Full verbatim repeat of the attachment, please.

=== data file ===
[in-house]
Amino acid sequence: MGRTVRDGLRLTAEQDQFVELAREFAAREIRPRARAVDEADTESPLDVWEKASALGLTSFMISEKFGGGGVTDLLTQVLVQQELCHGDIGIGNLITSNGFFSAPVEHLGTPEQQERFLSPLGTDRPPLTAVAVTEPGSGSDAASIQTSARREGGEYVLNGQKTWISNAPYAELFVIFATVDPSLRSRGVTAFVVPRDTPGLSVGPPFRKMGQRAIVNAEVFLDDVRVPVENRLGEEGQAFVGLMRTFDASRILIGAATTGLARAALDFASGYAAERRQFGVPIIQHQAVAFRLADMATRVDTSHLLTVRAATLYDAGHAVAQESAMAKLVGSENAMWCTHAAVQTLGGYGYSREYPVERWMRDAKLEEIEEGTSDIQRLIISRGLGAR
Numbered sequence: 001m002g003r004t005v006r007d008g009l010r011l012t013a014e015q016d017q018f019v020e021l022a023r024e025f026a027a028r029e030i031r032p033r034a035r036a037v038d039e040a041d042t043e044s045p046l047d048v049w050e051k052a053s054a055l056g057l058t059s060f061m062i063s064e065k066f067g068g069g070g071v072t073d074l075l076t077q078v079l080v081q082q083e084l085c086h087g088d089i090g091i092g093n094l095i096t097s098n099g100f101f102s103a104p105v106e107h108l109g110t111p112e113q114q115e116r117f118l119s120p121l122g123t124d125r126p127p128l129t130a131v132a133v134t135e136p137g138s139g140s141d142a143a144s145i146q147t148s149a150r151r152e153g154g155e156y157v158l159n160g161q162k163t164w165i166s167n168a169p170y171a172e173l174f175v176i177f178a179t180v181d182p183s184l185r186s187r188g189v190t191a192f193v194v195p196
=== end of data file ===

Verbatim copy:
[in-house]
Amino acid sequence: MGRTVRDGLRLTAEQDQFVELAREFAAREIRPRARAVDEADTESPLDVWEKASALGLTSFMISEKFGGGGVTDLLTQVLVQQELCHGDIGIGNLITSNGFFSAPVEHLGTPEQQERFLSPLGTDRPPLTAVAVTEPGSGSDAASIQTSARREGGEYVLNGQKTWISNAPYAELFVIFATVDPSLRSRGVTAFVVPRDTPGLSVGPPFRKMGQRAIVNAEVFLDDVRVPVENRLGEEGQAFVGLMRTFDASRILIGAATTGLARAALDFASGYAAERRQFGVPIIQHQAVAFRLADMATRVDTSHLLTVRAATLYDAGHAVAQESAMAKLVGSENAMWCTHAAVQTLGGYGYSREYPVERWMRDAKLEEIEEGTSDIQRLIISRGLGAR
Numbered sequence: 001m002g003r004t005v006r007d008g009l010r011l012t013a014e015q016d017q018f019v020e021l022a023r024e025f026a027a028r029e030i031r032p033r034a035r036a037v038d039e040a041d042t043e044s045p046l047d048v049w050e051k052a053s054a055l056g057l058t059s060f061m062i063s064e065k066f067g068g069g070g071v072t073d074l075l076t077q078v079l080v081q082q083e084l085c086h087g088d089i090g091i092g093n094l095i096t097s098n099g100f101f102s103a104p105v106e107h108l109g110t111p112e113q114q115e116r117f118l119s120p121l122g123t124d125r126p127p128l129t130a131v132a133v134t135e136p137g138s139g140s141d142a143a144s145i146q147t148s149a150r151r152e153g154g155e156y157v158l159n160g161q162k163t164w165i166s167n168a169p170y171a172e173l174f175v176i177f178a179t180v181d182p183s184l185r186s187r188g189v190t191a192f193v194v195p196